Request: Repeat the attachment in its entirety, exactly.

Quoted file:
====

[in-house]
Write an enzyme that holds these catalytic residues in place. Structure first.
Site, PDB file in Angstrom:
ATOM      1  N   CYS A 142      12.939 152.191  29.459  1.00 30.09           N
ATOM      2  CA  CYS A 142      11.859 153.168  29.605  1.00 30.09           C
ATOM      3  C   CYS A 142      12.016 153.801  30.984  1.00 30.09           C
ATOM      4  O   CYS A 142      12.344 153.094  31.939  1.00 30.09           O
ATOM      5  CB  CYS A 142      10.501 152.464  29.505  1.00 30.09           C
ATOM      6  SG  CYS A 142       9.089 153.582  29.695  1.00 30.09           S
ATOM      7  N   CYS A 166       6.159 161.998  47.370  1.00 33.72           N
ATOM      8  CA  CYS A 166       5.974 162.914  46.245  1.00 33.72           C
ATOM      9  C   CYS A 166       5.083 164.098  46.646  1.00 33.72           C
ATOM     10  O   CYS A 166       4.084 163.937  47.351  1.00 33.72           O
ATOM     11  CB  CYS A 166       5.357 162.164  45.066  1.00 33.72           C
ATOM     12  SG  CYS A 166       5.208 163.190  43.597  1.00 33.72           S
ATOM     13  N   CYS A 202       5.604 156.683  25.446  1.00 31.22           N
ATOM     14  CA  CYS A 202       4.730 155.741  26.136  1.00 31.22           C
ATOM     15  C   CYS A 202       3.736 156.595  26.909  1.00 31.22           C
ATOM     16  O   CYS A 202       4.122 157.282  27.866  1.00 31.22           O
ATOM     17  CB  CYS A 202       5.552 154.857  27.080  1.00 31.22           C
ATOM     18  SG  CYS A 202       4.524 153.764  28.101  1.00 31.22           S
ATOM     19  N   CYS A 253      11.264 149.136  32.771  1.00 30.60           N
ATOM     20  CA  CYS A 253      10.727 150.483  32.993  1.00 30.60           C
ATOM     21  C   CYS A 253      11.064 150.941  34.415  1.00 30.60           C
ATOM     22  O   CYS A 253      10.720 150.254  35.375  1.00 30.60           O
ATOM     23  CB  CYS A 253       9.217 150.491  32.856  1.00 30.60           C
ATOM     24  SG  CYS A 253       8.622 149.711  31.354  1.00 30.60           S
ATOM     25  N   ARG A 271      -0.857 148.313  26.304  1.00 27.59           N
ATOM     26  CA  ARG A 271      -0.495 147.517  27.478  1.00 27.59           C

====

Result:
[in-house]
Write an enzyme that holds these catalytic residues in place. Structure first.
Site, PDB file in Angstrom:
ATOM      1  N   CYS A 142      12.939 152.191  29.459  1.00 30.09           N
ATOM      2  CA  CYS A 142      11.859 153.168  29.605  1.00 30.09           C
ATOM      3  C   CYS A 142      12.016 153.801  30.984  1.00 30.09           C
ATOM      4  O   CYS A 142      12.344 153.094  31.939  1.00 30.09           O
ATOM      5  CB  CYS A 142      10.501 152.464  29.505  1.00 30.09           C
ATOM      6  SG  CYS A 142       9.089 153.582  29.695  1.00 30.09           S
ATOM      7  N   CYS A 166       6.159 161.998  47.370  1.00 33.72           N
ATOM      8  CA  CYS A 166       5.974 162.914  46.245  1.00 33.72           C
ATOM      9  C   CYS A 166       5.083 164.098  46.646  1.00 33.72           C
ATOM     10  O   CYS A 166       4.084 163.937  47.351  1.00 33.72           O
ATOM     11  CB  CYS A 166       5.357 162.164  45.066  1.00 33.72           C
ATOM     12  SG  CYS A 166       5.208 163.190  43.597  1.00 33.72           S
ATOM     13  N   CYS A 202       5.604 156.683  25.446  1.00 31.22           N
ATOM     14  CA  CYS A 202       4.730 155.741  26.136  1.00 31.22           C
ATOM     15  C   CYS A 202       3.736 156.595  26.909  1.00 31.22           C
ATOM     16  O   CYS A 202       4.122 157.282  27.866  1.00 31.22           O
ATOM     17  CB  CYS A 202       5.552 154.857  27.080  1.00 31.22           C
ATOM     18  SG  CYS A 202       4.524 153.764  28.101  1.00 31.22           S
ATOM     19  N   CYS A 253      11.264 149.136  32.771  1.00 30.60           N
ATOM     20  CA  CYS A 253      10.727 150.483  32.993  1.00 30.60           C
ATOM     21  C   CYS A 253      11.064 150.941  34.415  1.00 30.60           C
ATOM     22  O   CYS A 253      10.720 150.254  35.375  1.00 30.60           O
ATOM     23  CB  CYS A 253       9.217 150.491  32.856  1.00 30.60           C
ATOM     24  SG  CYS A 253       8.622 149.711  31.354  1.00 30.60           S
ATOM     25  N   ARG A 271      -0.857 148.313  26.304  1.00 27.59           N
ATOM     26  CA  ARG A 271      -0.495 147.517  27.478  1.00 27.59           C